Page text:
She has more than 12 years of experience in forestry and climate finance. Her career development is characterized by a combination of policy, in-country operations and science. Daniela has been with GIZ since 2004 but changed her perspective several times: For the last 4 years, she was on secondment (for the Ministry of Economic Cooperation and Development, BMZ) to the World Bank in Washington, DC, where she worked for the Forest Carbon Partnership Facility (FCPF) with a focus on the Congo Basin.
Prior to that, she was seconded to BMU, Division International Climate Finance, in Berlin. Previously, Daniela worked several years in Indonesia, Cameroon and Madagascar. Her scholarly activities include lectures at the Yale School of Forestry & Environmental Studies and the University of Potsdam. Daniela holds a M.Sc. in Forestry from the University of Dresden. She likes hiking, diving and sailing.
Jason Gray is Chief of the Climate Change Program Evaluation Branch, which oversees and implements the Cap-and-Trade Program at the California Air Resources Board (CARB). He previously served as manager of the Market Monitoring Section of the Cap-and-Trade Program, and as a staff attorney with CARB, where he advised the Board and its staff on the development and implementation of air pollution control regulations, including greenhouse gas reporting and verification regulations, compliance offset protocols, and the offsets provisions of the Cap-and-Trade Program.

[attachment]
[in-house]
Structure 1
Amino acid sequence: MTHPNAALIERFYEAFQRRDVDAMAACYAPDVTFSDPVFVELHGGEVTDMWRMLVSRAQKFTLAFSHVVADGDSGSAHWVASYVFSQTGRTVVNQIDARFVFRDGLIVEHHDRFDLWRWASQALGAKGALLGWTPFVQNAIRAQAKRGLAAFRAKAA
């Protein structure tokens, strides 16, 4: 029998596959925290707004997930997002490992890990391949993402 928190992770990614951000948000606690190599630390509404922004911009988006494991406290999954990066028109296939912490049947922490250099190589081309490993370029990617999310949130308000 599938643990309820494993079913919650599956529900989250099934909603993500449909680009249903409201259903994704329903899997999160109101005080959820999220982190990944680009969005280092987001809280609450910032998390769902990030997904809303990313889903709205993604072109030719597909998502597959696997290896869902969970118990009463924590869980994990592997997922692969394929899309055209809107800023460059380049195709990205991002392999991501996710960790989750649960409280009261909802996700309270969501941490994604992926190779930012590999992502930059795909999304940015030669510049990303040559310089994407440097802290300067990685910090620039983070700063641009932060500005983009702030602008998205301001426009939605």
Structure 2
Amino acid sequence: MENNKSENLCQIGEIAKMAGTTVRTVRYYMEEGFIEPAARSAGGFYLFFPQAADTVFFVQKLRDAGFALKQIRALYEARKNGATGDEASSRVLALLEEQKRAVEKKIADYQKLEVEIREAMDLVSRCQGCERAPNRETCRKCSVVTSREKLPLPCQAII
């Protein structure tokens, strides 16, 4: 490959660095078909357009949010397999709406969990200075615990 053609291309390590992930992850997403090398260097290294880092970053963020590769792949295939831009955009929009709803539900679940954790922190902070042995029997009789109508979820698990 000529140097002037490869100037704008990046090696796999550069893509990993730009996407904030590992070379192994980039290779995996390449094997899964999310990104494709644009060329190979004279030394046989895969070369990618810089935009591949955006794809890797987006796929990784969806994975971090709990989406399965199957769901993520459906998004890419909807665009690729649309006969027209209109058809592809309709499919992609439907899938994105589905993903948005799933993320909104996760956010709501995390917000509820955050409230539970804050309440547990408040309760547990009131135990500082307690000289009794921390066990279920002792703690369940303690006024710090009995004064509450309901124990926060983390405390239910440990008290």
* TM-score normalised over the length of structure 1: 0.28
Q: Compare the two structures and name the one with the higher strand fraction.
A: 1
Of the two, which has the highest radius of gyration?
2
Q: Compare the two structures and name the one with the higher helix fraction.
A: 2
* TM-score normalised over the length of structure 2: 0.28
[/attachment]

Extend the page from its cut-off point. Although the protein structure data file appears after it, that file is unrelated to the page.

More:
His current duties include supervising the implementation of the Cap-and-Trade Program, including linkage efforts with Québec and Ontario. Jason also represents the Board in the Governors’ Climate and Forests Task Force. Before entering the legal profession, Jason worked on environmental education, biodiversity conservation, and sustainable development projects with the U.S. Peace Corps and WWF in the Central African country of Gabon. These experiences are recounted in the book Glimpses through the Forest: Memories of Gabon. Jason received a Bachelor’s degree in Biology and French from Gonzaga University, and a J.D. and Certificate in Environmental and Natural Resources Law from Lewis & Clark Law School.
Javier I. Kinney
Javier I. Kinney is a Yurok Tribal citizen and serves as the Director of Office of Self-Governance for the Yurok Tribe. He has attained a Bachelor of Arts Degrees in History and Native American Studies from the University of California, Davis, a Master of Arts degree in Law & Diplomacy, specializing in Development Economics and International Law from Tufts University-Fletcher School of Law & Diplomacy, and a Juris Doctorate from Suffolk Law School.
Mr. Kinney has extensive experience advising Tribal governments with expertise in areas of strategic actions, climate change, natural resource management, mediation, negotiations, public policy, economic development, youth empowerment, land acquisition, tribal governance, philanthropic partnerships, protection of tribal cultural resources and water policy. Kinney’s visionary work and interests have provided him the opportunity to travel with indigenous delegations and other missions to Venezuela, Colombia, Bolivia, Mexico, Jamaica, Hungary, Canada, Brazil, Norway and Germany.